When the end of summer comes with the crisp, fresh morning air, I begin to anticipate heading out to photograph waterfalls. There’s just something about the combination of vibrant, fall colors and flowing water that really excites me and propels me to the outdoors.
Taking the time to plan your location, check weather conditions and bringing the right equipment can go a long way to making a successful trip, yielding photos you will be happy with.
Planning your trip
When I’m planning my fall photography trips, I check the weather reports. I also check online resources for area conditions and locations, apps, reference books and maps. For more information on using Google Maps, see Scouting With Google Maps by Mykal Hall. A good cloud cover, fog or rain, are perfect conditions for shooting waterfalls.
Wear the proper clothing. I like wearing layers, as autumn weather can be unpredictable. Your footwear is equally important. Good traction is necessary to prevent slipping on wet, mossy rocks. Some photographers wear hip waders so that they can get into the water.
Below is a list of things I like to bring when I venture out to photograph waterfalls:
- Sturdy Tripod – Wind and flowing water can add to vibration for your camera. Often I use long exposure to get different effects on the water. A tripod is a must.
- Rain Sleeve / Umbrella – Protect your camera with a good rain sleeve. An umbrella can also be useful.
- Lens Cloths – Bring plenty of good absorbing lens cloths for wiping mist or rain from your lens.
- Shutter Release Cable – Helps to prevent vibration when pressing the shutter button. If you don’t have one, set your camera timer to 2 seconds.
- Circular Polarizing Filter – Use of this filter will cut out glare on water and enhance the foliage and surrounding scene to bring out some vibrancy.
- Neutral Density Filter – An ND filter will cut the amount of light and allow you to achieve long exposure. I like the silky effect on the water combined with long exposure techniques. I often stack my ND filter with my Circular Polarizing Filter. You should experiment to your personal tastes.
Take your time choosing your compositions. Often water levels in creeks or streams are low in the fall. That waterfall may be only a trickle so you’ll need to get creative when choosing your composition. It’s a perfect time to get right into the water and get down low to focus in on areas of interests. This can be fun!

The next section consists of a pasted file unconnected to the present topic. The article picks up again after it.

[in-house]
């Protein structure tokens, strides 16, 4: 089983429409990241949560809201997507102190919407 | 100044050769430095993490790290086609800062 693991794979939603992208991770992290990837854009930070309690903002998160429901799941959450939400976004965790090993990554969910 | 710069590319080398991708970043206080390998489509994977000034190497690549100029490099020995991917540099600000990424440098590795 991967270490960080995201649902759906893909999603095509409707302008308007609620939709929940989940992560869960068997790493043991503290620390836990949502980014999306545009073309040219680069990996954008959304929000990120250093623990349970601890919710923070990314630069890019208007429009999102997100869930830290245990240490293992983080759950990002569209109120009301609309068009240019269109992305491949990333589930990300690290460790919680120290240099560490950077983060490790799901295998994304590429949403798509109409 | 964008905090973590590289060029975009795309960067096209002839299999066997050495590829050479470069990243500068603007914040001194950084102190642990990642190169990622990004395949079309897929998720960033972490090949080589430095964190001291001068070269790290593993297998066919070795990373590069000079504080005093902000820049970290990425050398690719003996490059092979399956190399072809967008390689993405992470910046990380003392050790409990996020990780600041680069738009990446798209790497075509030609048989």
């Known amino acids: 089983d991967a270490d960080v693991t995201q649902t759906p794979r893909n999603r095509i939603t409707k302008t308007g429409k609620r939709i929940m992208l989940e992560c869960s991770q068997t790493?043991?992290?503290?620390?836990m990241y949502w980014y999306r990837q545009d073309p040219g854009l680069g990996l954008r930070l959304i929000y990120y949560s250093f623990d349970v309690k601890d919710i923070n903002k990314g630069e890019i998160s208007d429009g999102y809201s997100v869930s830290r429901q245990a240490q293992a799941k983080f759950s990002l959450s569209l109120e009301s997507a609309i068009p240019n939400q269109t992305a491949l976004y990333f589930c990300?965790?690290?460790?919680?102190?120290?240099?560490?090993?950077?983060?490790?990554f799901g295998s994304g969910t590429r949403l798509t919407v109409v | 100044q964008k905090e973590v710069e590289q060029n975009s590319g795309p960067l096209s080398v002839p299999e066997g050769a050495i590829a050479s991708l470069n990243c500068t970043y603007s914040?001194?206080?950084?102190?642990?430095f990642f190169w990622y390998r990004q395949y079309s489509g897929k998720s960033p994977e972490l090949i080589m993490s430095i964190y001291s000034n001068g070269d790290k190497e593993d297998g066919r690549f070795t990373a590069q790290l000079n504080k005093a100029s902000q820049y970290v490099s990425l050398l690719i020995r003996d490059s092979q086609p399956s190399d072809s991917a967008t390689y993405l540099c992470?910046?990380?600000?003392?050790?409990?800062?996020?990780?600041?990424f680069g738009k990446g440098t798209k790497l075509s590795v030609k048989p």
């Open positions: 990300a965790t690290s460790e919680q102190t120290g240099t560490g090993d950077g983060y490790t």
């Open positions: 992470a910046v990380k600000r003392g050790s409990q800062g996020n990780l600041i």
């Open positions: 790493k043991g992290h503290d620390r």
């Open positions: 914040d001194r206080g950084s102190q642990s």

- Set your camera to Live View. Looking through the LCD screen can make it easier to set up compositions.
- Shoot vertical and horizontal. You never know, you might need a vertical in the future for a magazine cover!
- Look for fall colors to include in your picture. Placement of colorful leaves on rocks in the foreground for example can make for a more pleasing picture.
- Experience with different lenses. I will most often use a wide-angle lens. I do however love to try out my zoom lens for framing a tighter scene or focusing in on details.
- Look for patterns. Patterns and shapes in nature can make for unique compositions.
- Classic S-Curve. Framing an s-curve in your scene can make for a more compelling photo. With a flowing stream in the foreground, it can lead your eye right to the main attraction, the waterfall.
- Exposure. Be careful that you don’t overexpose the highlights. Overexposure of the highlights will remove details in your flowing water. See Jay & Varina’s What the heck is a Histogram? eBook to learn more about exposure.
- Moving foliage. Watch for moving leaves. There will most likely be blurred areas in your picture if you aren’t careful. Use a faster shutter speed for one image and then combine later in post processing with your long exposure shot.
I hope these tips will help you make the most of your time. Most importantly, I hope you enjoy your time shooting autumn waterfalls!
For more help with photography tips and techniques check out the following related information on Visual Wilderness: